First, questions have been raised about whether the courts will defer to DOL/ETA's Guidance Letter. Federal courts generally follow and apply DOL's WARN Act regulations if the regulation is a reasonable interpretation of the Act. Different standards govern the Letter. The Supreme Court has held that courts should follow an agency opinion letter when it has the power to persuade the courts. Thus, while there are strong arguments for why courts should find the ETA's Guidance Letter to be persuasive and should give it substantial weight in any subsequent litigation over sequestration-related WARN notice, it is impossible to predict with certainty that the courts will agree with the Letter.

Second, questions have also been raised about whether the government had authority to issue its September 28, 2012 Memorandum. The government's authority to indemnify contractors is not exactly clear.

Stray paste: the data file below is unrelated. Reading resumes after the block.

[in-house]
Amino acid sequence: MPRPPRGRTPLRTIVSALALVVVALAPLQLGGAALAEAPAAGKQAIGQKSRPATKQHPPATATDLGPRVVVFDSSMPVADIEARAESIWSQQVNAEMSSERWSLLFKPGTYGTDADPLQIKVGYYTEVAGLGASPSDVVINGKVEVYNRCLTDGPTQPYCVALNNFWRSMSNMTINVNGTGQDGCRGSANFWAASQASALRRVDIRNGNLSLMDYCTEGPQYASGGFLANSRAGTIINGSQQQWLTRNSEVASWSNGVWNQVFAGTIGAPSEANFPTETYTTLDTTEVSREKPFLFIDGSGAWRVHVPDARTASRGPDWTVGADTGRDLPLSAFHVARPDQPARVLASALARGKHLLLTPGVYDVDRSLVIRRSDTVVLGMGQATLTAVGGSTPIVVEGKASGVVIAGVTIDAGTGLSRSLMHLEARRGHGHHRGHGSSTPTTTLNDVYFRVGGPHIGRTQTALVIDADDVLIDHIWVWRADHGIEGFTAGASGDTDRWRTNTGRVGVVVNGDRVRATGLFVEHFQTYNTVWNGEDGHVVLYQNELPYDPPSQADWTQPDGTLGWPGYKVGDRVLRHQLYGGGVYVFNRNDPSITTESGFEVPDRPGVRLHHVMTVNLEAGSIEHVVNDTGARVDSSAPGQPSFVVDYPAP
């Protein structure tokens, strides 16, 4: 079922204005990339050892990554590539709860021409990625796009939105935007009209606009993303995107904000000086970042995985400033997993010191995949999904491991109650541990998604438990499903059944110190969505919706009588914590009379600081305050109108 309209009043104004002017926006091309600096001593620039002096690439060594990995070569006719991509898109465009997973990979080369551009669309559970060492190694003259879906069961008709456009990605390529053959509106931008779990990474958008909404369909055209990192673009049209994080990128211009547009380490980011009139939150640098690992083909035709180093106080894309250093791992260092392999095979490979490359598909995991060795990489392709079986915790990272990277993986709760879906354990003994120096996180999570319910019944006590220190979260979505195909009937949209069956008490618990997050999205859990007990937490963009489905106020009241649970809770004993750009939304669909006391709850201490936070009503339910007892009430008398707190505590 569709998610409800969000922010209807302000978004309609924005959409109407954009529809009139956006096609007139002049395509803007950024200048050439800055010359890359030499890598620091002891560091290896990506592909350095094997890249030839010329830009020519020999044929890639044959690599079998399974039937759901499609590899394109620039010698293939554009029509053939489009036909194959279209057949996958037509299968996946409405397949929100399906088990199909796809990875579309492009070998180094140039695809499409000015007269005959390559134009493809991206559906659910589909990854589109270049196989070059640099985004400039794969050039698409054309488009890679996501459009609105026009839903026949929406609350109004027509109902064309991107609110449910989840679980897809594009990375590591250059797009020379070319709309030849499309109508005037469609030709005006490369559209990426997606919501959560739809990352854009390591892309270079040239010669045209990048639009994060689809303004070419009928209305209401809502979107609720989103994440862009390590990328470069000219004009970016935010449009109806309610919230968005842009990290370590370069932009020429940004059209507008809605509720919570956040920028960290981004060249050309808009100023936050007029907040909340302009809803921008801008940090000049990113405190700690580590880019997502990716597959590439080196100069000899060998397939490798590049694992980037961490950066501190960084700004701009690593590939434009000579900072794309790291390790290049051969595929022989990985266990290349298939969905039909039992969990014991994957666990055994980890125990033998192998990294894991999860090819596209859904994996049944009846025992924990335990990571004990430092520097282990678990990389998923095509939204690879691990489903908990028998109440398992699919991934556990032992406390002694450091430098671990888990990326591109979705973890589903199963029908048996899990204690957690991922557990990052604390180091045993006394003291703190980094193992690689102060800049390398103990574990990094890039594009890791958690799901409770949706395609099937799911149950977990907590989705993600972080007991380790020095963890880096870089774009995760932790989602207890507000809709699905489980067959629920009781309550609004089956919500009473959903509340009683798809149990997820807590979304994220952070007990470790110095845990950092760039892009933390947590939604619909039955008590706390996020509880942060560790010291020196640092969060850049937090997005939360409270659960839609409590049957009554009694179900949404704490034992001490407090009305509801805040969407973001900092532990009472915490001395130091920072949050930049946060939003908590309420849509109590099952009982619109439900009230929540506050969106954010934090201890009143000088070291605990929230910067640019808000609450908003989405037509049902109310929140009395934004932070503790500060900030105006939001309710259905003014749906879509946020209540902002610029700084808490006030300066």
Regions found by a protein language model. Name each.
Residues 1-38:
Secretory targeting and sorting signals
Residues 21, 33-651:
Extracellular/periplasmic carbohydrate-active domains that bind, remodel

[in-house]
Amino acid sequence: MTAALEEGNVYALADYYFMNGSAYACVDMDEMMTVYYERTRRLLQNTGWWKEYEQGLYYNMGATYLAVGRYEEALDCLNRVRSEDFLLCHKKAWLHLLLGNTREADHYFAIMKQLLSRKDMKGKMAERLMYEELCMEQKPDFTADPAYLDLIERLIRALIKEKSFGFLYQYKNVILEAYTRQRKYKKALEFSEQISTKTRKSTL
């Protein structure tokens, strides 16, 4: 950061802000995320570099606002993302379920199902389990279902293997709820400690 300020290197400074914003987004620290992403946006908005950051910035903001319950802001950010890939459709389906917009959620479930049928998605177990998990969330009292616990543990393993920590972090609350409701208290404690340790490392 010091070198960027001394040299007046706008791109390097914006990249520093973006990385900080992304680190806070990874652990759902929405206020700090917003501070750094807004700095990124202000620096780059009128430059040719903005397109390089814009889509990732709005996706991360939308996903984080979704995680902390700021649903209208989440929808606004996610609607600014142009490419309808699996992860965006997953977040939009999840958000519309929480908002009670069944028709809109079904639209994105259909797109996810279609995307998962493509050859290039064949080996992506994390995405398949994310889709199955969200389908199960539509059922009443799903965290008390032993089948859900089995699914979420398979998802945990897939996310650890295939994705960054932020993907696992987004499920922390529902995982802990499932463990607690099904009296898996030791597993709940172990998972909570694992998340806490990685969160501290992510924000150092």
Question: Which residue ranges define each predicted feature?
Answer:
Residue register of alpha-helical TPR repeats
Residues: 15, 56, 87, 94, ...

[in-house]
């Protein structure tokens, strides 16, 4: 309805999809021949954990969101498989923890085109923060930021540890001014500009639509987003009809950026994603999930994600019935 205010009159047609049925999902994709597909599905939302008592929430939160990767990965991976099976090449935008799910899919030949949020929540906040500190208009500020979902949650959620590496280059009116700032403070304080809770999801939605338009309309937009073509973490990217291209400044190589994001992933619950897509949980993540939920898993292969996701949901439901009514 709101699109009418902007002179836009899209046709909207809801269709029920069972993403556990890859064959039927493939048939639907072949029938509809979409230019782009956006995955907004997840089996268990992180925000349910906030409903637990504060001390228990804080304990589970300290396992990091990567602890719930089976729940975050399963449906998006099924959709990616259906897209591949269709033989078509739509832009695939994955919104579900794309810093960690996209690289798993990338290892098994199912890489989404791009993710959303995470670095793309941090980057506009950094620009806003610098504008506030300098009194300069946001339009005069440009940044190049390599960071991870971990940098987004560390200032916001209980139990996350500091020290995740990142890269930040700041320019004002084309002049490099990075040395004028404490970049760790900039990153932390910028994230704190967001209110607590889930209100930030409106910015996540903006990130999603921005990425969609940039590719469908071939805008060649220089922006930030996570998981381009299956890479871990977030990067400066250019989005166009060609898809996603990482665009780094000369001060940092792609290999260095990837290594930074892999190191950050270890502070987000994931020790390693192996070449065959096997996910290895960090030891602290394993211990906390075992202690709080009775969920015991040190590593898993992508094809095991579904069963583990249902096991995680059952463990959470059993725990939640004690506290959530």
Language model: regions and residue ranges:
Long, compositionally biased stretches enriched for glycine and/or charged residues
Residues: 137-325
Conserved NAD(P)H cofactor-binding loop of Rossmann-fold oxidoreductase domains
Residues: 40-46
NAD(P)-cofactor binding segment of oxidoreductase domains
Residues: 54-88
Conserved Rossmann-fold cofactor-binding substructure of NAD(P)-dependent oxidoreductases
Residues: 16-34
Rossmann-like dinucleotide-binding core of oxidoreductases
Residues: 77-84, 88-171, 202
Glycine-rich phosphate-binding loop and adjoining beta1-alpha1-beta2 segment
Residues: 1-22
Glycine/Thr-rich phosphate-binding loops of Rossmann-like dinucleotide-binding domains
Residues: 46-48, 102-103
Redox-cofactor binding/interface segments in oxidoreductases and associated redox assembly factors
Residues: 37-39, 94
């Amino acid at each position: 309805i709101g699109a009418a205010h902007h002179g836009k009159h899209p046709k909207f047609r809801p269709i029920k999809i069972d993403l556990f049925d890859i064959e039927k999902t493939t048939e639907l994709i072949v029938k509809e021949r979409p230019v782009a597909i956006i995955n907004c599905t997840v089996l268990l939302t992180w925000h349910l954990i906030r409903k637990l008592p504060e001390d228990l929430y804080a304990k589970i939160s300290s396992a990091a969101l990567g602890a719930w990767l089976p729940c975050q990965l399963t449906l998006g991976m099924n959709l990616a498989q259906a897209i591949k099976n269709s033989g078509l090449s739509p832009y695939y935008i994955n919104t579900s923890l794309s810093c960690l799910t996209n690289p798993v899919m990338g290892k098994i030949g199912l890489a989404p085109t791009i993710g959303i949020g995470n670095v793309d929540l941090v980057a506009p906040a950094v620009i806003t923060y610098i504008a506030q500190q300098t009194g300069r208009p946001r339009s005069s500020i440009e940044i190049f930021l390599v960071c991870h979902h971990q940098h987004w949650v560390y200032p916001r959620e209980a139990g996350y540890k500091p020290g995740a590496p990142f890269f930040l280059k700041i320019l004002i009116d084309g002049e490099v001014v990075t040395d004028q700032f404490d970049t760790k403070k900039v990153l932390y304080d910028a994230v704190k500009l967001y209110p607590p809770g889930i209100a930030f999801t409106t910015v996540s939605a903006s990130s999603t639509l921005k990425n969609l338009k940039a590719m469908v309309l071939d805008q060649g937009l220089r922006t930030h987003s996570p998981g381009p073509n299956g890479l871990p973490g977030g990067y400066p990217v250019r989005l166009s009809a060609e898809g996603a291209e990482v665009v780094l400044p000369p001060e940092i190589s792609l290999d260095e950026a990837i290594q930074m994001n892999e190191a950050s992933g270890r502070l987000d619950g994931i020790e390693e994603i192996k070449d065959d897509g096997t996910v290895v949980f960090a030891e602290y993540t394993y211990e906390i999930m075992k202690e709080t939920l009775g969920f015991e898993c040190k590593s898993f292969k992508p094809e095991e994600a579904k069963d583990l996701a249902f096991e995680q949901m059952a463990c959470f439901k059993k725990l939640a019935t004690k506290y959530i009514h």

Third, in addition to the WARN Act, many states (most notably, California, Illinois, and New York) have their own laws governing plant closings or mass layoffs, and many of these state "mini-WARN" statutes contain more stringent requirements than the federal statute. It is unclear whether courts considering whether notice was properly given under a state's mini-WARN statute would find the ETA's Guidance Letter to be persuasive. Nor does the OMB's Memorandum address whether government agencies would also make payments in connection with potential liability under state mini-WARN Acts when following the ETA's Guidance Letter.

Finally, the ETA's Guidance Letter does not completely eliminate federal contractors' WARN Act notice obligations in connection with sequestration-related layoffs, as it anticipates that notice will be provided as soon as the specific plant closing or mass layoff does become reasonably foreseeable, which presumably would be some time after federal agencies announce which contracts would be affected by sequestration.